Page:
difference it makes is, as far as I can tell, exactly this kind of an
array with a sentinel at the end and the difference is cosmetic.

-uwe


Re: CVS commit: src/sys/arch

2021-01-25 Thread Valery Ushakov
On Mon, Jan 25, 2021 at 08:19:44 -0800, Jason Thorpe wrote:

> > On Jan 25, 2021, at 6:22 AM, Kamil Rytarowski  wrote:
> > 
> > I have no problem with this change but I am curious why should we use "{
> > }"? It's a C GNU extension and C++ syntax.
> 
> Using { 0 } makes an assumption about the first member of the
> structure which is not guaranteed to remain true.

The commit message says:

| Since we're using designated initialisers for compat data, we should
| use a completely empty initializer for the sentinel. 

but that "should" is not true.  The code that checks that sentinel
uses some particular member to access it, so, pedantically speaking,
the initialization must designate that member in the sentinel
initialization.  Yes, this is verbose and doesn't look as pretty, but
that is what "should" happen here.  Using non-standard {} extension
makes it look nicer, but is not a "should" kind of necessity.

-uwe


Re: CVS commit: src/share/man/man5

2021-01-15 Thread Valery Ushakov
On Sat, Jan 16, 2021 at 14:46:46 +1100, matthew green wrote:

> > Log Message:
> > Tweak wording for consistency: `if empty or not set', not `if unset'.
> 
> is this correct?
> 
> rc complains if unset or not set (ie, if "$foo" is zero length):
> 
> /etc/rc.d/upsdriver: WARNING: $upsdriver is not set properly - see rc.conf(5).

What Taylor said.  The above warning reflects the status of
checkyesnox() that checks that the value is yes/true/1 or no/false/0.

-uwe


catman (Was: CVS commit: src/games/fortune/datfiles)

2020-11-08 Thread Valery Ushakov
On Sun, Nov 08, 2020 at 17:37:30 +, Kamil Rytarowski wrote:

> Module Name:  src
> Committed By: kamil
> Date: Sun Nov  8 17:37:30 UTC 2020
> 
> Modified Files:
>   src/games/fortune/datfiles: fortunes
> 
> Log Message:
> catman(8) is a past thing

Please, revert this.  It's completely irrelevant for the joke if
netbsd ships catman or not.

Also, come to think of it... Removing catman (i.e. user's ability to
generate cat pages) is rather different from removing MKCATPAGES,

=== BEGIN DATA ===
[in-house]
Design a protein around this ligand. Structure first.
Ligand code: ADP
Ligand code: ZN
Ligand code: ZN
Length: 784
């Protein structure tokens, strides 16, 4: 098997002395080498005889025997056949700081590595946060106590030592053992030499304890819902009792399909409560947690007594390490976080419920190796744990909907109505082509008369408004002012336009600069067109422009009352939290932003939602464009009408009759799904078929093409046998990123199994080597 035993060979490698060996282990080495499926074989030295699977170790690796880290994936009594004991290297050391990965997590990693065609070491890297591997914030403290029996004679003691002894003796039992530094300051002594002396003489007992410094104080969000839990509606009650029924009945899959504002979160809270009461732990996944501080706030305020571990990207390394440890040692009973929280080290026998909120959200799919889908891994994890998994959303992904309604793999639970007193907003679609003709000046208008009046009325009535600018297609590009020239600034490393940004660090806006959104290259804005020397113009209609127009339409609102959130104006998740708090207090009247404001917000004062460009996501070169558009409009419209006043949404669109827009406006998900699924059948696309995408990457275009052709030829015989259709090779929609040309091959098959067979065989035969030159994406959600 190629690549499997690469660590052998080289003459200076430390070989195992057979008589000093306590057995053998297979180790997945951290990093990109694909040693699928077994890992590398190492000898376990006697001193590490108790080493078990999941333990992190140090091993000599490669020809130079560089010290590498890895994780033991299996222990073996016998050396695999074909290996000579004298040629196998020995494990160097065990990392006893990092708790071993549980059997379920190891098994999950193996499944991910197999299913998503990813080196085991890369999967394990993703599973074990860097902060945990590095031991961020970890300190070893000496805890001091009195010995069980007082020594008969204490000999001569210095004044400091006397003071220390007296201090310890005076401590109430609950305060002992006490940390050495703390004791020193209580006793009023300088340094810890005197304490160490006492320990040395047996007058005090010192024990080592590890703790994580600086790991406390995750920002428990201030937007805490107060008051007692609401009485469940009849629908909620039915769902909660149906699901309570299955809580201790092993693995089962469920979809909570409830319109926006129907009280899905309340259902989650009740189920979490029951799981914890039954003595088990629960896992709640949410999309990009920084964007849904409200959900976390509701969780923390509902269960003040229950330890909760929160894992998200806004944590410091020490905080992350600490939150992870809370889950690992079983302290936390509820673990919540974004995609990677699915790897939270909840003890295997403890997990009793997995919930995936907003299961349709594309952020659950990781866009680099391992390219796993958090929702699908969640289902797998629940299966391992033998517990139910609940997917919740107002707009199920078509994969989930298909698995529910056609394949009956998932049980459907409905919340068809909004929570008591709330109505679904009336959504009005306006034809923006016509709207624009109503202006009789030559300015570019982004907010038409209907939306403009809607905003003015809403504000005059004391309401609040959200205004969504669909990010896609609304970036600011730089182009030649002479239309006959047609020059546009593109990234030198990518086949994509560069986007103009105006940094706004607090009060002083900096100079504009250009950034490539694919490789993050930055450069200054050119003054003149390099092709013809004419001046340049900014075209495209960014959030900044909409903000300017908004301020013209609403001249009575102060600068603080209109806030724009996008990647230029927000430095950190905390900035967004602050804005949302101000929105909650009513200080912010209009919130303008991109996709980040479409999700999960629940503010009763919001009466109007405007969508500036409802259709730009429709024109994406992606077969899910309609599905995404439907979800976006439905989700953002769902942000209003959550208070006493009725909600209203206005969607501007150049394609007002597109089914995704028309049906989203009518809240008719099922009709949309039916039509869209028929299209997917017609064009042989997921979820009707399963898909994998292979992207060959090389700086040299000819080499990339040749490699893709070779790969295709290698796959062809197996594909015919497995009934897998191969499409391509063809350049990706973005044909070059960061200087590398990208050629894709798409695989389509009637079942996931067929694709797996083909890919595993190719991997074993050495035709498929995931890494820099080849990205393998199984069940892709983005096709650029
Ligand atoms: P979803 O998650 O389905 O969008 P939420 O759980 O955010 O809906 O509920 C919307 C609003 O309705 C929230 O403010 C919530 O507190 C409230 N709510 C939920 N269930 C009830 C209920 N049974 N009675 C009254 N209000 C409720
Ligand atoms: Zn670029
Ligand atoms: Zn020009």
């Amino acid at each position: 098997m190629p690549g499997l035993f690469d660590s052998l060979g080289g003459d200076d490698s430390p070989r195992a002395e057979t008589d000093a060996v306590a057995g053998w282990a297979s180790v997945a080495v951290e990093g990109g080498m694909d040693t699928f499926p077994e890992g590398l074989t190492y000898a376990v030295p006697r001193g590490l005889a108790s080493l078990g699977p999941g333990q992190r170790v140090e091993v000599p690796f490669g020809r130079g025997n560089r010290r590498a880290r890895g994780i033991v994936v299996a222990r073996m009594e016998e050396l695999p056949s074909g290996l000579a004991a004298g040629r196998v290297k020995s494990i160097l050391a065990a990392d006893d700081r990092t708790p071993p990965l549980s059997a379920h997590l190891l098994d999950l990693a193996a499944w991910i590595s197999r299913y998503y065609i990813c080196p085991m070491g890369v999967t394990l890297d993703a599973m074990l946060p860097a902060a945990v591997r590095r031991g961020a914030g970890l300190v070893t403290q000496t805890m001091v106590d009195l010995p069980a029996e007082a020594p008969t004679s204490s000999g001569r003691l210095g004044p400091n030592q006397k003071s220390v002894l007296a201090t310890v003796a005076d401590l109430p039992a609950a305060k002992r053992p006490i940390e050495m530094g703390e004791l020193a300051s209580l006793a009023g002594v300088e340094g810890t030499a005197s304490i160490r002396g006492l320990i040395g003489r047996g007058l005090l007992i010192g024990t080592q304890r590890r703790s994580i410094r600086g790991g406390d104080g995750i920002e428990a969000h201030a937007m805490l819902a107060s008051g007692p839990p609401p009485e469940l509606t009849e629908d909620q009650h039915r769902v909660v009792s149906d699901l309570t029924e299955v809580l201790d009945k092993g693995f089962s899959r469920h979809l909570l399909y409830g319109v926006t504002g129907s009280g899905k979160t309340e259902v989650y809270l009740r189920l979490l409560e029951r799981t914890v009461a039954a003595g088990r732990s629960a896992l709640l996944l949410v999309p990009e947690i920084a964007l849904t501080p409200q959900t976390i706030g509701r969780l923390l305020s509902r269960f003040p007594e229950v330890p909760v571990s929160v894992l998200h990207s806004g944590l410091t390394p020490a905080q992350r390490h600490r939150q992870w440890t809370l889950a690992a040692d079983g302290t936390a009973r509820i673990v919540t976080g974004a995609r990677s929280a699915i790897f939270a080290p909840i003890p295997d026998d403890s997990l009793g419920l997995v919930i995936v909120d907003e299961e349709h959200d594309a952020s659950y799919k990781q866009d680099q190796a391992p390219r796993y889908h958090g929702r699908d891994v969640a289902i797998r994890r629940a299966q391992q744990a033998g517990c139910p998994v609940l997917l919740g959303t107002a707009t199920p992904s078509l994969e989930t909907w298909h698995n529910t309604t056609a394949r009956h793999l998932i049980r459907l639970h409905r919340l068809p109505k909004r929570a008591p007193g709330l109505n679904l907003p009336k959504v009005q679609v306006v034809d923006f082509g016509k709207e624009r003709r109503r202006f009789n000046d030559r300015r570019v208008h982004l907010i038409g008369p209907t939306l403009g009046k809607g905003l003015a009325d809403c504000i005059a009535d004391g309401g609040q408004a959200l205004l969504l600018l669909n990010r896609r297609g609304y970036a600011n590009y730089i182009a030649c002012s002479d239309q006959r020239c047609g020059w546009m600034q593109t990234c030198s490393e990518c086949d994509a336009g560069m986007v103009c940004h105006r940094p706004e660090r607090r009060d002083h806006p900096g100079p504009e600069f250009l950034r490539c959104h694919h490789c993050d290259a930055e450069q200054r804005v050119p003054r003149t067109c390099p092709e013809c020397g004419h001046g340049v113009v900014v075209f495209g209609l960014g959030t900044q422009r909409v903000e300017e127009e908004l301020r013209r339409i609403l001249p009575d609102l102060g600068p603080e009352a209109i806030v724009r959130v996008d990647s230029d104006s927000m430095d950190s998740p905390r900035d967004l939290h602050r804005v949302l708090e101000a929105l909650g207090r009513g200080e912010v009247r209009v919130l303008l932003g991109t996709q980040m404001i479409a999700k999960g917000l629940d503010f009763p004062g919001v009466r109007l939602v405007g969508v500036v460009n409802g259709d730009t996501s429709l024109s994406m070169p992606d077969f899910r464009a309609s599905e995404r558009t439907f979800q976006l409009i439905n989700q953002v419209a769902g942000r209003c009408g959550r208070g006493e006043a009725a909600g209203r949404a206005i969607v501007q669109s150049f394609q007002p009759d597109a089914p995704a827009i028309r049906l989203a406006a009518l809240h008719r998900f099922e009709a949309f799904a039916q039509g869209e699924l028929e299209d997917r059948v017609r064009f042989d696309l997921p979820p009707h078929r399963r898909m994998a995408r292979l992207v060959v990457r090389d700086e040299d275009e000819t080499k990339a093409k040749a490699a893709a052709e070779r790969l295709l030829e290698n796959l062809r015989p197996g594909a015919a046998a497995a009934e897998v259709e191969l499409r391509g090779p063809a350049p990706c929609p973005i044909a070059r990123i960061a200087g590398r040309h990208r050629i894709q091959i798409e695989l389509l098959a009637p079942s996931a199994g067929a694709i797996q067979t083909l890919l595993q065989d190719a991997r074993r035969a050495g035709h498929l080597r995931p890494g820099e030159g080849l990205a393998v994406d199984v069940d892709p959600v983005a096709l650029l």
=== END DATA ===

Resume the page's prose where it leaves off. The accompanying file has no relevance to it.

what's going on here?

-uwe


Re: CVS commit: src/usr.sbin/puffs/mount_9p

2020-08-30 Thread Valery Ushakov
On Sun, Aug 30, 2020 at 17:12:45 -0400, Christos Zoulas wrote:

> Module Name:  src
> Committed By: christos
> Date: Sun Aug 30 21:12:45 UTC 2020
> 
> Modified Files:
>   src/usr.sbin/puffs/mount_9p: Makefile
> 
> Log Message:
> include bsd.init.mk to avoid:
> make: Bad conditional expression ` != "no"' in  != "no"? -DINET6 :

This worked and the :? for was specifically used to so that the ugly
early include (required for an ifdef) can be avoided.  I don't
remember who pointed out this form to me (joerg@ or mrg@ I'd guess).
We have more forms like this in the tree, so not much.

Is this a recent regression?  Is that fallout from make rototill?  Are
other similar :? use cases broken too?

-uwe


Re: CVS commit: src/share/man/man4

2020-08-24 Thread Valery Ushakov
On Tue, Aug 25, 2020 at 10:03:28 +0900, Ryo ONODERA wrote:

> Valery Ushakov  writes:
> 
> > On Mon, Aug 24, 2020 at 19:27:36 +, Ryo ONODERA wrote:
> >
> >> Module Name:   src
> >> Committed By:  ryoon
> >> Date:  Mon Aug 24 19:27:36 UTC 2020
> >> 
> >> Modified Files:
> >>src/share/man/man4: viomb.4
> >> 
> >> Log Message:
> >> Add a missing comma
> >> 
> >> And bump date.
> >
> > I don't think minor edits like this require a date bump.
> >
> > I'd say, the date bump is needed only for significant changes like
> > adding or removing an option, or may be doing a large edit that
> > changes the way the information is presented.
> 
> Sorry.
> It makes sense.
> Should I revert the date changes?

Oh, no need.  It's not like we are running out of dates :)

Thanks.

-uwe


Re: CVS commit: src/share/man/man4

2020-08-24 Thread Valery Ushakov
On Mon, Aug 24, 2020 at 19:27:36 +, Ryo ONODERA wrote:

> Module Name:  src
> Committed By: ryoon
> Date: Mon Aug 24 19:27:36 UTC 2020
> 
> Modified Files:
>   src/share/man/man4: viomb.4
> 
> Log Message:
> Add a missing comma
> 
> And bump date.

I don't think minor edits like this require a date bump.

I'd say, the date bump is needed only for significant changes like
adding or removing an option, or may be doing a large edit that
changes the way the information is presented.

-uwe


Re: CVS commit: src/share/man/man8

2020-08-15 Thread Valery Ushakov
On Sat, Aug 15, 2020 at 16:12:40 +0200, Leonardo Taccari wrote:

> > +.Ic export 
> > PKG_PATH=https://ftp.netbsd.org/pub/pkgsrc/packages/NetBSD/9.0/amd64/All
> > +.Ic pkg_add pkgin
> > [...]
> 
> Can this use cdn.NetBSD.org and made a bit more general instead of
> hardcoding version/port please?
> 
> Instead of 9.0/amd64 probably something like:
> 
>  $(uname -r | tr -cd '[0-9.]')/$(sysctl -n hw.machine_arch)

FWIW, that doesn't fit on the page in the PostScript output (groff -Tps
-mandoc)

-uwe


Re: CVS commit: src/external/gpl3/gcc/dist/gcc/config/m68k

2020-08-10 Thread Valery Ushakov
On Mon, Aug 10, 2020 at 06:24:39 +, Rin Okuyama wrote:

> Modified Files:
>   src/external/gpl3/gcc/dist/gcc/config/m68k: netbsd-elf.h
> 
> Log Message:
> PR port-m68k/6
> 
> Reset STACK_BOUNDARY to default, 16, to fix strange freeze for amiga,
> when kernel is compiled by GCC8.

This sounds eerily similar to port-macppc/54827 - there's quite a bit
of confusion early on on my part there, but scroll to the last couple
of mails.  http://gnats.netbsd.org/54827

It looks like some logic changed in MI gcc8 that broke netbsd MD
config headers and I wonder if you see the same problem here.  For
macppc the fix was also to undo the netbsd change to STACK_BOUNDARY in
favor of PREFERRED_STACK_BOUNDARY.

May be we should also check other ports for similar gotcha proactively?

-uwe


Re: CVS commit: src/sys/dev/mii